The bartender was bubbly, full of smiles and interest. I got my 8 dollar and forty cent gin and tonic and drank it like it was any gin and tonic. That’s the nice thing about a cocktail. It doesn’t care how much money it is sold for. It is a happy worker and could care less if it goes for three bucks or nine. It supplies the taste and the bubble and the hint of lime no matter what the sticker price states. A gin and tonic is a proud thing and doesn’t care about worth.

The Usual was a lazy, sleepy sunday bar. The food looked fine. Everything was sedate. But it is Sunday after a long Saturday, does anyone want loud laughter and music. I actually was not sure if there was any music playing there. For the most part it was silent like a liquor license monastery. On rare moments with the wind, I could swear I was hearing eighties pop lightly going on somewhere else in the room. This place was made to nurse hangovers.

I left after about twenty minutes feeling that the place was alright, a nice upclass joint for common man food. But I was vaguely dissatisfied. Was this what a Sunday afternoon bar was? Sedate to the edge of coma?

I was walking to my car, parked further down on Shrewsbury Street, and on one of those whims that I wished I trusted more, I walked past my car and looked for another place on the Street that possibly could be more lively. Or maybe I would find every place dead.

I heard voices and aimed for it. I went into the Wormtown Brewery Tap Room. The place was pretty full. About 40 or 50 folk were in there drinking the beer, showing off their flannel shirts and knit caps. If Shrewsbury Street was charted by antiquarian cartographers for a navigational map to sail successfully through this restaurant row, they would have labeled Wormtown Brewery with the admonition, “Here there be hipsters.”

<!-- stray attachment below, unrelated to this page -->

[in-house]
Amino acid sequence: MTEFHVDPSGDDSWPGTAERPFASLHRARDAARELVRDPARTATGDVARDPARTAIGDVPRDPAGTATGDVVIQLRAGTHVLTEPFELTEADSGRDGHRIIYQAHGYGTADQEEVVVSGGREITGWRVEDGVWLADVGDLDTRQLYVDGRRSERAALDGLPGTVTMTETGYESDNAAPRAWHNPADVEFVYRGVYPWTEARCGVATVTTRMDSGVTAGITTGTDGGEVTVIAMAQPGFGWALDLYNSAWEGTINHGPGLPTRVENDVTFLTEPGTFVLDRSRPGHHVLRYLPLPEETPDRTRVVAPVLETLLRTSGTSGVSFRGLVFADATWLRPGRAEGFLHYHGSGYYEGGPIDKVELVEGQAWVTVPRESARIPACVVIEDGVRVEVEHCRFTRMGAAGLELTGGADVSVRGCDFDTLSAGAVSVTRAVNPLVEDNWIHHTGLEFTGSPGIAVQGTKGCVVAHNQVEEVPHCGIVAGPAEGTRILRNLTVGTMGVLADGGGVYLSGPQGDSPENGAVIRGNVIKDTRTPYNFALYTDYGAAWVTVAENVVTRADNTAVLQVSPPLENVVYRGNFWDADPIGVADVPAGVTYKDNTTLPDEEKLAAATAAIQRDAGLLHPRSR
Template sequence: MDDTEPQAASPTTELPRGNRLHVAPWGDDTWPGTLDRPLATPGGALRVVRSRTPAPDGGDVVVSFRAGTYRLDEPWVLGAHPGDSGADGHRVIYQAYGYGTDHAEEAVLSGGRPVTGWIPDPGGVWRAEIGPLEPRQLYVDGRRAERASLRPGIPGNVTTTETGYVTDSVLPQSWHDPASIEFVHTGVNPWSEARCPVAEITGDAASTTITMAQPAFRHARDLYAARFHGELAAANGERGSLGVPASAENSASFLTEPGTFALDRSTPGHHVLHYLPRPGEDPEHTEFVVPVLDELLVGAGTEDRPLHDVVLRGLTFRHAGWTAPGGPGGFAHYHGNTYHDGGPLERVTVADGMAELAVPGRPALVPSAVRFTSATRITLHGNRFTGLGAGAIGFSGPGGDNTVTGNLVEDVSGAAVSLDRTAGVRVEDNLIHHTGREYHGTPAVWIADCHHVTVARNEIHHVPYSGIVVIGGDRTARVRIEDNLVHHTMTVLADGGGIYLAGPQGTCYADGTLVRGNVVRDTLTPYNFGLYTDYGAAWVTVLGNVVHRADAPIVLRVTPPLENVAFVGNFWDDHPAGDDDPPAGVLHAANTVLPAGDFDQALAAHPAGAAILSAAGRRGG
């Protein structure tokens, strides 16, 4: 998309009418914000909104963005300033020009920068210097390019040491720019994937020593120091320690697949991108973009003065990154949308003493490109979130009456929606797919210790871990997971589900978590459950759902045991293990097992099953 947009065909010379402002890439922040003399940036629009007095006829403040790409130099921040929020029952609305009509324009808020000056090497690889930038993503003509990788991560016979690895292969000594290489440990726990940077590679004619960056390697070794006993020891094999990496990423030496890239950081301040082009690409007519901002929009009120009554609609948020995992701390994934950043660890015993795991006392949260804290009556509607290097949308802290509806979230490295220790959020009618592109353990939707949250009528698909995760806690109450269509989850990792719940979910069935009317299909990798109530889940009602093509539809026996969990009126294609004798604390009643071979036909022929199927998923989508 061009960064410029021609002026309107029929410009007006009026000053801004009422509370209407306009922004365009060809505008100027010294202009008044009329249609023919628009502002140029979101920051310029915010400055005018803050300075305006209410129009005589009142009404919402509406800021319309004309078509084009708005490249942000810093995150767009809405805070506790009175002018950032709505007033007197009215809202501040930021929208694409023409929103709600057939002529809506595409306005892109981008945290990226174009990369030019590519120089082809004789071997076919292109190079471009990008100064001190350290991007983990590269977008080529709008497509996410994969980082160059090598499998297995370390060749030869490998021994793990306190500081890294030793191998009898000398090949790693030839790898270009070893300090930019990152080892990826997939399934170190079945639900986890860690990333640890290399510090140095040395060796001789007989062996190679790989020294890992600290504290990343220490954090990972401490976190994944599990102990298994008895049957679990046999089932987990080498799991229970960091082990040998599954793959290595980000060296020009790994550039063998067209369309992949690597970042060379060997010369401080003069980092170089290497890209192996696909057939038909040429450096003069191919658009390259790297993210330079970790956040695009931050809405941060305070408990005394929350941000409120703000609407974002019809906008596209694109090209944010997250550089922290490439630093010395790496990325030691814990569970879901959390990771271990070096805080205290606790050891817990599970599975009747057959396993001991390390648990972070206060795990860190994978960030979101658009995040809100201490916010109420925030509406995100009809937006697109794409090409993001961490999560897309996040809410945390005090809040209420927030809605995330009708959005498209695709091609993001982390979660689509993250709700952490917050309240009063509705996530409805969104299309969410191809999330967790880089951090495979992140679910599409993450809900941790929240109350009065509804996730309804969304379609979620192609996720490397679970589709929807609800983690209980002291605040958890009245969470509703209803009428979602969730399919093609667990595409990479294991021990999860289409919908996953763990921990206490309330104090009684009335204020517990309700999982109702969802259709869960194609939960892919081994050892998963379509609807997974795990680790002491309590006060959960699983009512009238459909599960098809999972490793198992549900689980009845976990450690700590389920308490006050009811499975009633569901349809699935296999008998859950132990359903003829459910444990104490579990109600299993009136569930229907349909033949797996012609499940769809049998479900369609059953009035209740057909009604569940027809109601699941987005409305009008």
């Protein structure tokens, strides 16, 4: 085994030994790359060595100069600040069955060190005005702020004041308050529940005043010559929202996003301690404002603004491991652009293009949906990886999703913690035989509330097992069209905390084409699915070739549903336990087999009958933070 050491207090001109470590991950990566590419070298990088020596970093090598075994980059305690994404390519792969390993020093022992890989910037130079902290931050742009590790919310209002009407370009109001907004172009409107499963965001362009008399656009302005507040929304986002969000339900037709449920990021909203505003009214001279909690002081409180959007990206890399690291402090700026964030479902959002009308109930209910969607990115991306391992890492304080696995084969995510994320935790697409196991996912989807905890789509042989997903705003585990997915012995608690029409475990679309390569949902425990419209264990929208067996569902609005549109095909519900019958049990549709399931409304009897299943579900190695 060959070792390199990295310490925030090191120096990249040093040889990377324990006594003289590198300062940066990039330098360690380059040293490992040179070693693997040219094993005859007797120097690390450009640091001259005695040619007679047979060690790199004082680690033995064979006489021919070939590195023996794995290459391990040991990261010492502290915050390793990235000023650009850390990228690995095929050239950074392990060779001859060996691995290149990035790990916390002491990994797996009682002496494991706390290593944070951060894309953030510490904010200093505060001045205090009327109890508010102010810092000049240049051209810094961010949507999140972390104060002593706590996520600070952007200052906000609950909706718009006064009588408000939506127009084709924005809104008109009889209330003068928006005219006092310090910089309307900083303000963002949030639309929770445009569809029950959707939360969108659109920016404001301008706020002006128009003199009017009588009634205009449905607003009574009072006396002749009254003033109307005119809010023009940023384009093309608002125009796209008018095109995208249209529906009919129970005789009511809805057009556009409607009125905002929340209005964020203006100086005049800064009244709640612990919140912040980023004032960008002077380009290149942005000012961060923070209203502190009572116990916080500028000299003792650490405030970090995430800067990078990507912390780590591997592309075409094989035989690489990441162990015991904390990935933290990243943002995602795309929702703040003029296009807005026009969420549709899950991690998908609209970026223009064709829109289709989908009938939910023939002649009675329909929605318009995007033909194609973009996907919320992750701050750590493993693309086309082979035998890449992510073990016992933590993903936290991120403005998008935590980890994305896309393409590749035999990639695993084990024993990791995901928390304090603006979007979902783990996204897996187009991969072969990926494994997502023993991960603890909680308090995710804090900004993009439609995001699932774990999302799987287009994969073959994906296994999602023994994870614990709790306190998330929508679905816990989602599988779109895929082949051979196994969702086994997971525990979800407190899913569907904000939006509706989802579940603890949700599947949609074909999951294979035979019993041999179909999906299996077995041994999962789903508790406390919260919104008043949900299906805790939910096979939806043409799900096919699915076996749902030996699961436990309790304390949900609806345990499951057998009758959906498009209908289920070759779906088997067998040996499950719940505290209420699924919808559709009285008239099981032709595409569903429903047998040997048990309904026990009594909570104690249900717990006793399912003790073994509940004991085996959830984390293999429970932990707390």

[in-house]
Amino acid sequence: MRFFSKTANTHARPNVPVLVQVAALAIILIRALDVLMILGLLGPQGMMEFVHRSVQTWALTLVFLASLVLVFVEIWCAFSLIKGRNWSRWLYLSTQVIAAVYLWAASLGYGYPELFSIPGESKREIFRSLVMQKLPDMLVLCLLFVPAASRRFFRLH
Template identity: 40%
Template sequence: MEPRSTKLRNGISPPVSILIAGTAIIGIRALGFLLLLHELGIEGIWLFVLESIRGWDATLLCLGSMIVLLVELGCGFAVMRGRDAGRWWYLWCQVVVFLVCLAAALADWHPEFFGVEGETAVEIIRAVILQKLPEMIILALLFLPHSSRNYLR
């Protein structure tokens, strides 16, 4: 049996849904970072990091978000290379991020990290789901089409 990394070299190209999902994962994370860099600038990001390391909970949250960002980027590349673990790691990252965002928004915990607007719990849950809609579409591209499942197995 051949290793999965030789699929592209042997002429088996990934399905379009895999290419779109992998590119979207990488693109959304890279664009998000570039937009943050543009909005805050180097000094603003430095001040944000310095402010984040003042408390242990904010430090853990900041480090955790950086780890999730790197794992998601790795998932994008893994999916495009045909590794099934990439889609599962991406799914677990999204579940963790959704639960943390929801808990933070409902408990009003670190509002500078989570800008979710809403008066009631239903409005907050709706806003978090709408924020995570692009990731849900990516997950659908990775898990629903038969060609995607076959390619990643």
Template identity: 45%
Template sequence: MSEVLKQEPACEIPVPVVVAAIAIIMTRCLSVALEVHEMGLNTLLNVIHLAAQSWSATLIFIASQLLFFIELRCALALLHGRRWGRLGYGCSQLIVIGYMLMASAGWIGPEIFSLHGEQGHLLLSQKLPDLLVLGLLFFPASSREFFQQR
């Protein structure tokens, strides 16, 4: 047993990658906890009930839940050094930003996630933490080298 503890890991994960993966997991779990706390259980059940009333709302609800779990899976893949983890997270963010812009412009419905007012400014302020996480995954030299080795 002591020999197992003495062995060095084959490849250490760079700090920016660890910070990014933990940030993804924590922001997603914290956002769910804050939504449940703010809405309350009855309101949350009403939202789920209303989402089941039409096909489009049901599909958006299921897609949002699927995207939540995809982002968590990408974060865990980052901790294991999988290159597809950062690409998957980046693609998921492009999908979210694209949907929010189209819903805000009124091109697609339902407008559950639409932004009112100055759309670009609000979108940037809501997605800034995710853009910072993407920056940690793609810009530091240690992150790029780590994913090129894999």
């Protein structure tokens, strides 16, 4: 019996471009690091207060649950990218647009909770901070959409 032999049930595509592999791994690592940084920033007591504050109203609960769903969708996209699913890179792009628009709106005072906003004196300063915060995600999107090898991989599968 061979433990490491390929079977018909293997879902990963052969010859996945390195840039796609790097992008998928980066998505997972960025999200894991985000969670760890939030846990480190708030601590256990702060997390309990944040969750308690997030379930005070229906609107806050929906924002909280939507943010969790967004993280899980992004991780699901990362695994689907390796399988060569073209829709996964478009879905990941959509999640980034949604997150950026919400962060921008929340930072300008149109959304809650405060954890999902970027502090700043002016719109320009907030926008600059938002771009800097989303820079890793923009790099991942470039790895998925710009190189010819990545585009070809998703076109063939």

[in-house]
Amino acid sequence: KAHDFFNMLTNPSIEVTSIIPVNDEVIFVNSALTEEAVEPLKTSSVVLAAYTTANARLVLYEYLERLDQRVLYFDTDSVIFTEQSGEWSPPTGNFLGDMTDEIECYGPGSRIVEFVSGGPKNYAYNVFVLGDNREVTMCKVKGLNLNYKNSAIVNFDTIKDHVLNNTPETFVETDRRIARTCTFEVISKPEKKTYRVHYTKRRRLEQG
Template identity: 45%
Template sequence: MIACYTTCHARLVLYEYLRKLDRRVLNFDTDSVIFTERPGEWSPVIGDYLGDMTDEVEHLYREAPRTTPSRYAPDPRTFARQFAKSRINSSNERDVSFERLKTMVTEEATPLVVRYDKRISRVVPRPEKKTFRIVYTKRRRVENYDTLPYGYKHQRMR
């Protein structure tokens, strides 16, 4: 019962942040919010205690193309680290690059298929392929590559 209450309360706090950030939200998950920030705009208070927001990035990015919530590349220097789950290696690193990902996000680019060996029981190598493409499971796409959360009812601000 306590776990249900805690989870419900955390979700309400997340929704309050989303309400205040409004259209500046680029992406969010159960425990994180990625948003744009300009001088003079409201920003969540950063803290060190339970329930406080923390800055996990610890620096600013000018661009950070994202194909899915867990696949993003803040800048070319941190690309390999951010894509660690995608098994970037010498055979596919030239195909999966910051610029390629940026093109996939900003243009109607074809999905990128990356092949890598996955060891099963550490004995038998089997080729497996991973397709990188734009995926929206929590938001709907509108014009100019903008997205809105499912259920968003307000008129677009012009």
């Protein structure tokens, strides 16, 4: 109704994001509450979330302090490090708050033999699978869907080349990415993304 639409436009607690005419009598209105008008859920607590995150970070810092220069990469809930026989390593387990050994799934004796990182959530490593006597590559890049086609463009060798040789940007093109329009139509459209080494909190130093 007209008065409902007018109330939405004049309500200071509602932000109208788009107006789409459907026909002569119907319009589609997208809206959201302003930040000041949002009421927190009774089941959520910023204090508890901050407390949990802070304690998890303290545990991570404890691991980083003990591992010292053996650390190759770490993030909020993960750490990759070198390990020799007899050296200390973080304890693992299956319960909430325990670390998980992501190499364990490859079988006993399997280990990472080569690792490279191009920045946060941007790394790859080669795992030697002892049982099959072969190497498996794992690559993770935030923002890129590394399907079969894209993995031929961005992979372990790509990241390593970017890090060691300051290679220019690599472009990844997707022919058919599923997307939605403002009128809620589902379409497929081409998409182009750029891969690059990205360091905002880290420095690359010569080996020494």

People were in groups laughing and telling tales and explaining why this beer is superior to other beers and giving long winded evidence for their opinions. I got their Belgian White and it was good, perhaps too hoppy for a white in my tasting, but I was still charmed by the people and the talk and cheer found on a rainy Sunday.

There was a kid, about nine or ten, with his family. The kid was not drinking (officer) but was focusing on his earbuds and his music. He didn’t seem put out, he was happy enough being ignored by the grownups. On seeing him, it put me in mind to all the times I have seen kids in bars. I was lost in thought, leaning against a small tract of wall.

I finished my beer and finally got back to my car. So I saw two types of Sunday afternoons. Silent, sedate, quiet and empty. A place to regroup from a long weekend. Decent food in a decent place. And then there was the place to have the new beer and talk loudly to be heard. A reminder that Sunday afternoon does not mean that the fun and the socialization has to be over.

Neither of them are bad. I can see myself picking either of them on different days, with different moods.  It depends on the place my head is at.

That’s it for now, till next time.

Dante